I also went on a fruit fast diet for a few days somewhere in there. I remember being blindingly tired as well but too stubborn, too frustrated to give in. Was I not listening to ANYTHING that they were saying in the practice? All that stuff about being where you are, surrendering, having some compassion for yourself and your body, letting go and just BREATHING now and then? I wasn’t. In fact, when my mind goes back there now I can still feel the tightening sensation that accompanies holding one’s breath for a very long time.

But that too was part of where I was and part of the journey. Toward the end of the 40 days I decided to try yoga at South Boston Yoga. It was such a breath of fresh air for my mind and my body at the time, to go through a practice that was completely different in every way and it wasn’t hot! Hallelujiah it wasn’t hot in there. My mindset at the time was that it couldn’t be as good or as powerful as Baptiste, because physcialy it just felt so much easier, not to mention the instructor made jokes and laughed and the general pace was just slower and less intense. But it was good enough, and it was so much closer to home, and I just needed a break from all the madness that ensued in that 40 day program for a while. Little did I know that I was cracking open the door to all the other aspects of yoga that until then I’d been unaware of (namely, all the non-physical aspects that I’d heard of buy ignored I just want a good workout blah blah blah). And little did I know that I’d end up in a teacher training program through the first instructor I had there at SBY, and also that, oh, I was going to find out a thing or two about a “good” and “powerful” experience.

I didn’t think I’d return to Baptiste until my pregnant days were past me. If you’d have asked me a month ago I’d have said “no way Jose, can’t do it.” But I started to get inquisitive about it a few days ago and today I found myself checking the schedule and the hesitation was gone, I actually felt excited about taking my pregnant body to class and seeing how it felt. What I discounted was that I would also be taking my pregnant mind to class, too, and the host of things I’ve cultivated through teacher training and just living life in the past few months. Namely, a new well of patience and a some compassion for where I am and also where I am not these days.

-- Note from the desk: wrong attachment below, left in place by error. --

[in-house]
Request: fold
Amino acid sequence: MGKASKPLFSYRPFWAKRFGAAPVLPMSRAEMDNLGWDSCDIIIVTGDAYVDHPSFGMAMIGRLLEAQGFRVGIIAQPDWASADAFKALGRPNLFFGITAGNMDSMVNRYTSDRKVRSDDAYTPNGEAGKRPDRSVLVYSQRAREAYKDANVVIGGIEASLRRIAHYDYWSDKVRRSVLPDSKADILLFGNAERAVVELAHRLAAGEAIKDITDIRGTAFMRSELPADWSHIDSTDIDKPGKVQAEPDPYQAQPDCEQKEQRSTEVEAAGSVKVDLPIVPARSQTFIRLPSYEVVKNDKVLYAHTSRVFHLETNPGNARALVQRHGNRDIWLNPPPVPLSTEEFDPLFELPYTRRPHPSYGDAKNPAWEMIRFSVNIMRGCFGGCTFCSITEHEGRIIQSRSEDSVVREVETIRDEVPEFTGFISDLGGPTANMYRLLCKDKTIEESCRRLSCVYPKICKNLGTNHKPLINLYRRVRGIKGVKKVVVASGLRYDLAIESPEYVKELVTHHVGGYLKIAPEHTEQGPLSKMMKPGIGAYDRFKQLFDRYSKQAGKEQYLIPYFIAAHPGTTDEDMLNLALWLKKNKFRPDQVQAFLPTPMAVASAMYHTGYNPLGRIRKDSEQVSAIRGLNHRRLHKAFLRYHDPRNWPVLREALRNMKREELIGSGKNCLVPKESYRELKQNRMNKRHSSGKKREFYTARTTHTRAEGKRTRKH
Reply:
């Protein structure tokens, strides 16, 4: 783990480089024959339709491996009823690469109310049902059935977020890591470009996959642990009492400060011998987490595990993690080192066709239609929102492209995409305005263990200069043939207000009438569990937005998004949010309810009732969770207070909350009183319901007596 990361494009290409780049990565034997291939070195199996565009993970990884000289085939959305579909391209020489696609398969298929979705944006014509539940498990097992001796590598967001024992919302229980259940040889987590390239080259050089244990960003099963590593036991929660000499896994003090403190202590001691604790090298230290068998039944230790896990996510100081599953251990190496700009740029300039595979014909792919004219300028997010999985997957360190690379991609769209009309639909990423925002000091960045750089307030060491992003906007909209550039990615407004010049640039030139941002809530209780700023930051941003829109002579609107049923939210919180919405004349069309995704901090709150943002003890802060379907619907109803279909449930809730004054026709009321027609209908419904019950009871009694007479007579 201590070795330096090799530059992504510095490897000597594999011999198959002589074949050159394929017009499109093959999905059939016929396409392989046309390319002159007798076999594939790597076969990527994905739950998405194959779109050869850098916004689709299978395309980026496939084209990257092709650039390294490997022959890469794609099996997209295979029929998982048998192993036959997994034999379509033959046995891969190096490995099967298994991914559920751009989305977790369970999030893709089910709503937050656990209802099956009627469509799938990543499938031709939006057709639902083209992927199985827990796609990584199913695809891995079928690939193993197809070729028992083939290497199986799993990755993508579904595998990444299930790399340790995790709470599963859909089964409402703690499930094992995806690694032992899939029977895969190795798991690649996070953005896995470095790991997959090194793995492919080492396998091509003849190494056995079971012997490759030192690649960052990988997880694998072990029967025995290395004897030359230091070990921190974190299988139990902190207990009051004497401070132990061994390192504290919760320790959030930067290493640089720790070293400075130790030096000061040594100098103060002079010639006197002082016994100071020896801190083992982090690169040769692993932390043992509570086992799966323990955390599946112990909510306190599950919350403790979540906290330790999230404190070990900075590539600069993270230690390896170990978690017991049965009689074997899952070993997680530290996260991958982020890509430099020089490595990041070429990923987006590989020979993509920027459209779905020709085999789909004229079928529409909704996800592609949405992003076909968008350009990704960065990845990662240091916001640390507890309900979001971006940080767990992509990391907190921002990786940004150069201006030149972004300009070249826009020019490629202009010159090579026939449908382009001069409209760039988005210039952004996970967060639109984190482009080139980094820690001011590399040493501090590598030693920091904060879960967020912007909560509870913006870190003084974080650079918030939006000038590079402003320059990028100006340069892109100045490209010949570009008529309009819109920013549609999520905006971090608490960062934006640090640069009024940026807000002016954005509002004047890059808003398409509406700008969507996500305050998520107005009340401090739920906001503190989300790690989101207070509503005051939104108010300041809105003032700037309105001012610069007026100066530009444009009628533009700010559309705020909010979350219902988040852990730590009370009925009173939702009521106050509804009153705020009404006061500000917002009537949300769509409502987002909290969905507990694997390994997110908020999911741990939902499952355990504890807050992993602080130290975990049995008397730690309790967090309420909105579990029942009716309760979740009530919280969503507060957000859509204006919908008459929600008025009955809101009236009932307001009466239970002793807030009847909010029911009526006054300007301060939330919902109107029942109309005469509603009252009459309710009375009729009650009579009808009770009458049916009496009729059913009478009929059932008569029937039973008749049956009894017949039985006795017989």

And it was so, so great. I found myself comforted by the known sequences and habituation of the practice, the familiar jolly Scottish accent of one of my favorite instructors, the room itself, and even the heat - the heat! It reminded me that change can be ever so incremental, maddeningly unnoticeable until something reminds you of your previous state and you are able to see the contrast so clearly. Oh, so I haven’t been beating my head against a wall? I haven’t been walking in circles for days and weeks and months on end? I can grow and open up and things can change? Phew. PHEW.

Now, it wasn’t all the perfection of yoga practice as we know it. I couldn’t do some things very gracefully and I was slipping and sliding along the mat. But I realized I have a lot more space in myself than I did before. I know a lot more about the meaning behind the poses, anatomically speaking, and I can pick up on a lot of the asanas (poses) which before just sounded like Sanskrit jibberish. All those things are kind of fun and neat. But more importantly I let myself stop when I needed to and congratulated myself for not accompanying those stops with one bit of agression or the self-degredation I’m so good at. And perhaps most importantly I understood why I was there, and that it has very little to do with sweating and bending, and a lot to do with letting go and letting go. At the end of the practice, Gregor (the instructor) said something so profound, and without any contemplation I knew exactly what he meant, and I recognized that last time I was there I would not have. He said (in Scottish brogue, it sounds so much better) "Let your mind be guided by your life, instead of allowing yourself to believe that your mind IS your life." Oh, these yogi people. They’re just full of these gems. I’m pretty sure that he doesn’t even pre-meditate these bits of wisdom he bestows on a sea of sweaty, vulnerable bodies. They just roll right off his tongue like an extension of his being as natural as his arm or leg. But to the rest of us, it takes a long time to understand what something like that means, and more importantly, to actually live it.

And here is where I bring it all back to music, again. Laying there in shivasana reminded me of this  song by Bon Iver that I’ve held so close to my heart for months now. It’s the kind of song I can’t hear without feeling a shift in my gut and a little tightness in my throat because it’s just so damn beautiful. And like all good music it bestows a certain feeling of recognition, a shared experience, so that when you think maybe you’re all alone you hear a certain song and go, "Thank God, my hips don’t lie EITHER!" or "No, that’s right, you just don’t know ‘bout me." Or in this case, when Justin Vernon sings  “Re: Stacks” you understand that someone else has found themselves in the midst of something seemingly too tough and that eventually, eventually there is an unlocking and a lift away.